This weekend our newfound friends, a local Ecuadorian family, offered to take us on the Teleferico to hike to the top of Pichincha. That’s the volcano that erupted back in 1999. It benignly looks over the city of Quito and is most often covered by clouds in the late afternoon. Therefore, that meant an early start so we could increase our odds of seeing a view once we got to the top.
For those of you who haven’t heard of the Teleferico, it’s a cable car or sky tram that takes passengers up the mountain. While it doesn’t reach the peak, it comes within a 3-hour hike of it. As of this last weekend, it cost $8.50 for a non-resident and $4.50 for a resident for a round-trip ticket.
Trust me, it’s well worth the money! On the other hand, you could choose to hike a dirt road instead. However, its hairpin turns meander up the steep mountainside and it could take you a few hours of hiking just to reach the point where we started our hike on this day. Instead, cut to the chase and hop on the sky tram!
Clear Sky = Beautiful Views
We chose a wonderful day for the adventure. The sky was clear when we arrived with clouds building up in the far distance but certainly not immediately threatening. Fortunately, we caught glimpses of both Cayambe and Cotopaxi, snow-covered volcanos near Quito.
Despite their volcanic majesty, more impressive were the views of this huge city. Two million people live here and the metropolis is very, very long. It can take upward of 2 hours to transverse Quito. Yet the city is very narrow, fitting into this high mountain valley by pushing up the sides of the mountains. Therefore, the only places left to grow are to the north and to the south.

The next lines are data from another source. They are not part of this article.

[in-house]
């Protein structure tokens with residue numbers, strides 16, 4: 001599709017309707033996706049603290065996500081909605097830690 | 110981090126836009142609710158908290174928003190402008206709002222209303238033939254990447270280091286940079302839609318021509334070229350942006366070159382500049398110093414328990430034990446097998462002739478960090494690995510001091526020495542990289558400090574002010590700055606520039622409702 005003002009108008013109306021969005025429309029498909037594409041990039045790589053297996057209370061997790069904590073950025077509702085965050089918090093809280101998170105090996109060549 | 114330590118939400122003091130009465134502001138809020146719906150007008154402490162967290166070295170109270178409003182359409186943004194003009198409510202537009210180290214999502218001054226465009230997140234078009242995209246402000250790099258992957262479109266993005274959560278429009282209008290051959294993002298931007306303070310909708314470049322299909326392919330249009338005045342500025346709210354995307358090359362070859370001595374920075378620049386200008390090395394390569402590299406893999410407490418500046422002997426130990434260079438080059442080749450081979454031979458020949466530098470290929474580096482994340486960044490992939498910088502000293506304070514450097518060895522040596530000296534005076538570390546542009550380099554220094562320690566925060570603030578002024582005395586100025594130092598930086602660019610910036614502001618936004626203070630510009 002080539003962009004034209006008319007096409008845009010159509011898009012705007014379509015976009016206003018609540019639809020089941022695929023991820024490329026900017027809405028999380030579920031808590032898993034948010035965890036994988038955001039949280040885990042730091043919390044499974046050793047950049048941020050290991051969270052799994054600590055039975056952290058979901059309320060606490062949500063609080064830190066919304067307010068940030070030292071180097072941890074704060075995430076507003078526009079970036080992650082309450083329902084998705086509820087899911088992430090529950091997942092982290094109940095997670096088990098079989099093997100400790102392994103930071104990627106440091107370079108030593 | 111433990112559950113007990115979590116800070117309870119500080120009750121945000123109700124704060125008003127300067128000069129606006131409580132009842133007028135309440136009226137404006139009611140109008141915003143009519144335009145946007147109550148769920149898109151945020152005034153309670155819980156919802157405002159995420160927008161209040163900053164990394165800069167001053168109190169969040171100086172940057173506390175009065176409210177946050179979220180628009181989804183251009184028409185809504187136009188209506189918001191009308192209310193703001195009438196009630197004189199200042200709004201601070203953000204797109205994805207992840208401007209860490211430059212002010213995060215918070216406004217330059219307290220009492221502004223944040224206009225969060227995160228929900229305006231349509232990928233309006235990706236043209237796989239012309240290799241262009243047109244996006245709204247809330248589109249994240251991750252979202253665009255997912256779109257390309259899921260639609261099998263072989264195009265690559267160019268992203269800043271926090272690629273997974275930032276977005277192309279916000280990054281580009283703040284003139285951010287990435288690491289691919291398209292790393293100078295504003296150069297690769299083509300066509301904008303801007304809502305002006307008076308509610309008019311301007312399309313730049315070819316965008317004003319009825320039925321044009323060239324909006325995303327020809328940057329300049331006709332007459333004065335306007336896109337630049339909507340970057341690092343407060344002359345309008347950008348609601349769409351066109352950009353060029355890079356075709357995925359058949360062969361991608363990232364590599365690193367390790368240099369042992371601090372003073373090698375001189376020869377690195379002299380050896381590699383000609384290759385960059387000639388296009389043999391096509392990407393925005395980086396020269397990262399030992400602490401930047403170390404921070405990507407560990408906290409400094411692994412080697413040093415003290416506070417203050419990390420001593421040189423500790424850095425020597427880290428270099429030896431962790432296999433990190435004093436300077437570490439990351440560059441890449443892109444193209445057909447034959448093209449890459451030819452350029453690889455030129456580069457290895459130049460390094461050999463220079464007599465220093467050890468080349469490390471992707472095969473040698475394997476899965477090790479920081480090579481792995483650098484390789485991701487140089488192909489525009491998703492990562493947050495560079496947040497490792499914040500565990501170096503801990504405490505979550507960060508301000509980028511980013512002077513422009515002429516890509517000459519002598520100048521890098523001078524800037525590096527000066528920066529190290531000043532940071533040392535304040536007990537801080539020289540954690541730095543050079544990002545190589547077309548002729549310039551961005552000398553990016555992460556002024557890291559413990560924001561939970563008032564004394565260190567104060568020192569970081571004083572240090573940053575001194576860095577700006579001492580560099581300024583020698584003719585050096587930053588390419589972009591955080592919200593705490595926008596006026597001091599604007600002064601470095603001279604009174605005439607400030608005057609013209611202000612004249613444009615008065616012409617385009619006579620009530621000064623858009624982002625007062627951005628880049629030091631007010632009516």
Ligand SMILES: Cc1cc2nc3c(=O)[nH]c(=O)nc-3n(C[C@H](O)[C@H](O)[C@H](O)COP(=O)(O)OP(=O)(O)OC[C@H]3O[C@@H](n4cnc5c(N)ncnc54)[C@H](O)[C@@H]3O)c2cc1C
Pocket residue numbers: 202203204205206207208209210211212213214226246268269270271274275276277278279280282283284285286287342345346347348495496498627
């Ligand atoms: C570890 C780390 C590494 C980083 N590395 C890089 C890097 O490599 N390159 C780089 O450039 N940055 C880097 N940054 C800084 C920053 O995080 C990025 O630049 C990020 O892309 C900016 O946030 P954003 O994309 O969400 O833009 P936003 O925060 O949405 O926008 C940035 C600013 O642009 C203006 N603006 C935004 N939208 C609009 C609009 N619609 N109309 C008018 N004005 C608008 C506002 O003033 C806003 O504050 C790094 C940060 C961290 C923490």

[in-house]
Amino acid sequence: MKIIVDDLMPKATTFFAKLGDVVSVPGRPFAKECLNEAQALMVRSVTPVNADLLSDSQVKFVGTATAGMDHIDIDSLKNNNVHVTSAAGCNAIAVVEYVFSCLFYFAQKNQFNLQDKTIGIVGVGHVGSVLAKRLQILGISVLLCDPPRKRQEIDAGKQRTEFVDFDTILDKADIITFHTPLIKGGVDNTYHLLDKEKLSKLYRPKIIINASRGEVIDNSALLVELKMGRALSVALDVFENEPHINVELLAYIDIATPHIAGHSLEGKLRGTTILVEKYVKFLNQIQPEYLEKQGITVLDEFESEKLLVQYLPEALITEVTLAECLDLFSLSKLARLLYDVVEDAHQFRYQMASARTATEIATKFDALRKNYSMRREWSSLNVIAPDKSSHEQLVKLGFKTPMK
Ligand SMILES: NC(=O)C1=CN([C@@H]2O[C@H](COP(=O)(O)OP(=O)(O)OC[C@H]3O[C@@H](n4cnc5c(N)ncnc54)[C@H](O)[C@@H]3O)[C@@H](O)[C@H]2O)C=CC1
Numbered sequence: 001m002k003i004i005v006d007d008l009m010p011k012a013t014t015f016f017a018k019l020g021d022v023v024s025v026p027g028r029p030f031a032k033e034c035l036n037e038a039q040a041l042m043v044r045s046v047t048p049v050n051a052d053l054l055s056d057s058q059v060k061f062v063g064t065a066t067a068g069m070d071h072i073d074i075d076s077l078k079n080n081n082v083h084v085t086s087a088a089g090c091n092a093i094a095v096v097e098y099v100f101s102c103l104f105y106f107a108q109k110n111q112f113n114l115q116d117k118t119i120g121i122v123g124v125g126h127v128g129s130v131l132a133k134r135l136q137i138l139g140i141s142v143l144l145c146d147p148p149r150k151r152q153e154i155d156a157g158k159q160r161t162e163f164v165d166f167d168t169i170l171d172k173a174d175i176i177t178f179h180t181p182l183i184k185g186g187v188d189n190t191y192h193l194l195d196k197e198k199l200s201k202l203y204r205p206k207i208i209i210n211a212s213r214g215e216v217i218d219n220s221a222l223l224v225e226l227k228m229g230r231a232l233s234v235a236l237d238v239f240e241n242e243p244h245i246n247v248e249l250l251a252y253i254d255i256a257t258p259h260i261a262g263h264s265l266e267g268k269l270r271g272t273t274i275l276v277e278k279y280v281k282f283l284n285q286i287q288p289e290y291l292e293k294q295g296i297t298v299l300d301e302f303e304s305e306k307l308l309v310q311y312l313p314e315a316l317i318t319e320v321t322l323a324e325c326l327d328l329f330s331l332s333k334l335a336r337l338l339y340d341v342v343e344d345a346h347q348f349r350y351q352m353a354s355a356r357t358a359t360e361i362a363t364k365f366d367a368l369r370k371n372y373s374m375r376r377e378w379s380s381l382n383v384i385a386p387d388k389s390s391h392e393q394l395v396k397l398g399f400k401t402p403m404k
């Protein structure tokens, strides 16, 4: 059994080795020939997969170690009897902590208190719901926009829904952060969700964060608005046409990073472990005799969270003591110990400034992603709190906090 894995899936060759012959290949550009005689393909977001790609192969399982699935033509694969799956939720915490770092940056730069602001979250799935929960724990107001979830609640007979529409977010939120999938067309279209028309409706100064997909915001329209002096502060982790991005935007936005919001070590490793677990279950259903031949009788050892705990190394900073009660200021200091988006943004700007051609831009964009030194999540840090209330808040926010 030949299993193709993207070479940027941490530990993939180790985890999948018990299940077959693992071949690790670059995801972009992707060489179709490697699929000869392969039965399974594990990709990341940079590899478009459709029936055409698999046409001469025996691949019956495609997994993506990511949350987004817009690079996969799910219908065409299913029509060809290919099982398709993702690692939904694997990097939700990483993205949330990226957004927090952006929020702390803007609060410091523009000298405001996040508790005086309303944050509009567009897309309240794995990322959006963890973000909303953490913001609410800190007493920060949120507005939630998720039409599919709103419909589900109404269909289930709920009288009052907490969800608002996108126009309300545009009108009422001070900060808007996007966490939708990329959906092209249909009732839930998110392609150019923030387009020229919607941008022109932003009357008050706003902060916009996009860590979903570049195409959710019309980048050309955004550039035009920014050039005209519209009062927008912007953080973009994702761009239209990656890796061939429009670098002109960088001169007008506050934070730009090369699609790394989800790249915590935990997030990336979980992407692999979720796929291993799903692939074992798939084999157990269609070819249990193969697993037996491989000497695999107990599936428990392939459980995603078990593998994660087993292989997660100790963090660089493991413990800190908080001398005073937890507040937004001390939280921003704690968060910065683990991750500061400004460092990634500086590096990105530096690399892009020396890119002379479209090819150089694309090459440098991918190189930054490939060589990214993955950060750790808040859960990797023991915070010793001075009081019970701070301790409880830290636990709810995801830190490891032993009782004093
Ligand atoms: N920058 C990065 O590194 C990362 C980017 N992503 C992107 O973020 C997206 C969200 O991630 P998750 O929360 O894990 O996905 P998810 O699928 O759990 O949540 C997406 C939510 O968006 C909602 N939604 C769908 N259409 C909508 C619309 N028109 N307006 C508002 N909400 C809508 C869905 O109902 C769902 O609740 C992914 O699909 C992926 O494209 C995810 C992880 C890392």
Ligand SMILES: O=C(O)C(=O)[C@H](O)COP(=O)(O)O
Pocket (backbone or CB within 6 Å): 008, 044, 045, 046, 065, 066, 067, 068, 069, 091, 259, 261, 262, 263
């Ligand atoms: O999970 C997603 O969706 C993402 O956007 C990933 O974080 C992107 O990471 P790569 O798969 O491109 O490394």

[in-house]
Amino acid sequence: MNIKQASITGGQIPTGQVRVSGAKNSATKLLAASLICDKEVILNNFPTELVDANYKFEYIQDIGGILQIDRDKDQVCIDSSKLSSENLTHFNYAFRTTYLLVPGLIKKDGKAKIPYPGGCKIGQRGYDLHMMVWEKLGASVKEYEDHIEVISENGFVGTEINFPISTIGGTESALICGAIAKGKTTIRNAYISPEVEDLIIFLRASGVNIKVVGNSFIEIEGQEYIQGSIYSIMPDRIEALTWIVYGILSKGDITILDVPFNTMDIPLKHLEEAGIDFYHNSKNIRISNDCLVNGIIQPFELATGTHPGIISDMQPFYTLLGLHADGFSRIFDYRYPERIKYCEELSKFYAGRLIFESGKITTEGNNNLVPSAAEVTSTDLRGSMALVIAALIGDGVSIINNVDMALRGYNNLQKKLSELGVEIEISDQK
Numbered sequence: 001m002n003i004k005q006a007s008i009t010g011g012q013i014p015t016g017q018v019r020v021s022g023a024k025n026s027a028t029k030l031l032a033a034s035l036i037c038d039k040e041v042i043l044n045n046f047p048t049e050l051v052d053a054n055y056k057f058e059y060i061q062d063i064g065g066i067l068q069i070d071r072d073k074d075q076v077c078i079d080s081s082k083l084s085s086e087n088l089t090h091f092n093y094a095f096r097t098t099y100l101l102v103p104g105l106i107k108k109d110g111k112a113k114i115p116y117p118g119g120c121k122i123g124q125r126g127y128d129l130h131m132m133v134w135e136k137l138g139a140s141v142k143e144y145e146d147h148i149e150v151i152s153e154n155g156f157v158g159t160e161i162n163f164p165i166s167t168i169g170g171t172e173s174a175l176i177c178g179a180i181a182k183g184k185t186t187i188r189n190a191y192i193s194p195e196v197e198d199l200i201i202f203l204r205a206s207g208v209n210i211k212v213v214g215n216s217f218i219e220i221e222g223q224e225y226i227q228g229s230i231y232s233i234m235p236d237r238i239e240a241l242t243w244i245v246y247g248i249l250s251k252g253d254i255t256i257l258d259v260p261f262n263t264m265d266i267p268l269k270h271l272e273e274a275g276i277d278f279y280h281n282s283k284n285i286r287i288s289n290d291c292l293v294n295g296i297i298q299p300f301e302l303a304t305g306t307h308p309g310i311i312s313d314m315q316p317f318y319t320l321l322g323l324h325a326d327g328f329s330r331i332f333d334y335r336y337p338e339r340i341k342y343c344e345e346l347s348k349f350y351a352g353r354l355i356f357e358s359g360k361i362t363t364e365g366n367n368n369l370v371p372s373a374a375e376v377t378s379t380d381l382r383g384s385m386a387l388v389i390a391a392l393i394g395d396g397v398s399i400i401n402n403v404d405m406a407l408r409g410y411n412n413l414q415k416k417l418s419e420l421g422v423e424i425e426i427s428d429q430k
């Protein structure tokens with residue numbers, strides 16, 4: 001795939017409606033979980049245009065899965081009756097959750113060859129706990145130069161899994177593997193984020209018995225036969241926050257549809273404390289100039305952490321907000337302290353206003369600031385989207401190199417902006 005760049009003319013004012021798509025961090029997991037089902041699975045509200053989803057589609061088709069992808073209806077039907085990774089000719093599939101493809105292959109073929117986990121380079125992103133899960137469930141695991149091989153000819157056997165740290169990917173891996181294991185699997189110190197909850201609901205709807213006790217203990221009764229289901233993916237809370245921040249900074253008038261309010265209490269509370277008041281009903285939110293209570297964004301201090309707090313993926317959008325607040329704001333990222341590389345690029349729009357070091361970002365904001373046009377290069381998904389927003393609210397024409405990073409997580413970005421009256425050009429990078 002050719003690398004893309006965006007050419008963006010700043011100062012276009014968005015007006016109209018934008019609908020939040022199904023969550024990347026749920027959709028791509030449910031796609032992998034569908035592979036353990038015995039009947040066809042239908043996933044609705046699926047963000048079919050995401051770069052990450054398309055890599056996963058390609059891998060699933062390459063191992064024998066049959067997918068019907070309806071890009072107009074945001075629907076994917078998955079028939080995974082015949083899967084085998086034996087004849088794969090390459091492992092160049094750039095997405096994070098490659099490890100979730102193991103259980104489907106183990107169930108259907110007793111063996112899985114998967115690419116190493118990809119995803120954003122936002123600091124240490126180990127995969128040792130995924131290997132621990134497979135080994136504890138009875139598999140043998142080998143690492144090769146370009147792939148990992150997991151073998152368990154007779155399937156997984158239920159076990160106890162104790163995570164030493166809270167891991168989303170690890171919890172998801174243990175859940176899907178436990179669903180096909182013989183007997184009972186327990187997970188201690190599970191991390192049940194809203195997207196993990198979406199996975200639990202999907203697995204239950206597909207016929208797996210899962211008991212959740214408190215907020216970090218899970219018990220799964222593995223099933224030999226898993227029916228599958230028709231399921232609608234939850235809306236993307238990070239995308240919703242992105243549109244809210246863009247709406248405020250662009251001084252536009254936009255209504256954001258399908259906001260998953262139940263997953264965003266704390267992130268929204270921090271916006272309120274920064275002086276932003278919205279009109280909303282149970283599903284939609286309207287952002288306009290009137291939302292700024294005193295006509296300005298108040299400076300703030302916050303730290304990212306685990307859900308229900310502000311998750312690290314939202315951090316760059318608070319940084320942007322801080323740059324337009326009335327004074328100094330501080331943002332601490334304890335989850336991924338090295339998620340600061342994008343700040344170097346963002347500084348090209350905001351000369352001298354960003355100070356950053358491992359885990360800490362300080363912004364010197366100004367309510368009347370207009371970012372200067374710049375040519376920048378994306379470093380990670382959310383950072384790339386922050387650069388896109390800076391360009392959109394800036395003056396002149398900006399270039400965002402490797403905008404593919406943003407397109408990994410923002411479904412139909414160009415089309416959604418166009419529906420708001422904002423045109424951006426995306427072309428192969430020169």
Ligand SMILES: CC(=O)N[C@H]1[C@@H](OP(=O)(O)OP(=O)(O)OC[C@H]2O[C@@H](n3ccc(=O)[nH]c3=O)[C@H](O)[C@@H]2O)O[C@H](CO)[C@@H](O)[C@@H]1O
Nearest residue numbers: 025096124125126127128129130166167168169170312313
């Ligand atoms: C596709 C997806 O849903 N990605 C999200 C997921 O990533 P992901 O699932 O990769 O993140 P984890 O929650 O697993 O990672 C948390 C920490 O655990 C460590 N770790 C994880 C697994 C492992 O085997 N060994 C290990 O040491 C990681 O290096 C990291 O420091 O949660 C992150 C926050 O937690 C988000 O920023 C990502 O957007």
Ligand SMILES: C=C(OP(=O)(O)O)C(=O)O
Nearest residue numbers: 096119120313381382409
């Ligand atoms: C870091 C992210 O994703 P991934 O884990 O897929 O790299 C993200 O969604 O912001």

It’s very apparent from up high that growth is still taking place. It is no longer possible to see the northern boundary even from the height of the Teleferico. On the other side, towards the south, the houses look so small that it is almost impossible to make them out in the distance.
Why Hiking From The Teleferico Is Difficult
One of the problems of hiking to the top of Pichincha from the Teleferico, especially for people coming from sea level, is the extreme altitude.
Quito is already at 9,300 ft (2,830 meters). The top of the Teleferico is at 13,451 ft (4,100 meters). The top of this peak of Pichincha is 15,413 ft (4,698 meters).
This is a good time to mention that there are two peaks. The one the Teleferico hike leads to is called Rucu (The Old One in Quichua). You can also hike to Guagua Pichincha (The Baby), from another access point. Also of note, Guagua is the active part of the volcano, with occasional closures due to volcanic gases seeping from vents.
Because Teleferico goes so high, some people experience symptoms of high altitude sickness at the top even when they feel nothing in Quito. Headache and nausea are the most common symptoms. If you feel those, it is not a good idea to hike the trails. Instead, enjoy the view for a few mintues and then head down below.
How to Manage Altitude Sickness
If you really want to hike and your symptoms are annoying rather than debilitating, try taking a remedy and waiting for an hour to see how your body adjusts.
You could try the cure sold by a couple of vendors in the Teleferico shops, coca tea. It’s an infusion made from pouring hot water over the leaves of the coca plant. Coca is a mild stimulant that is similar to caffeine. It’s often used as a common folk remedy for lack of energy and altitude sickness in Peru. While it does grow in the jungles of Ecuador, it’s use in Quito has migrated with European and American tourists to the top of Pichincha.
Local Ecuadorians are more likely to suggest chocolate as their remedy of choice. Chocolate won’t leave a residue of cocaine alkaloid in your system and might be the better choice if you’re worried about taking a drug test. Or try coca tea with a bar of chocolate!
However, your best option is to medicate BEFORE you arrive. We recommend drinking plenty of water and being hydrated in the days before hiking. Also, take the headache medicine of your choice as a preventative measure.
Finally, head down the mountain if your symptoms are not kept in check by the medication.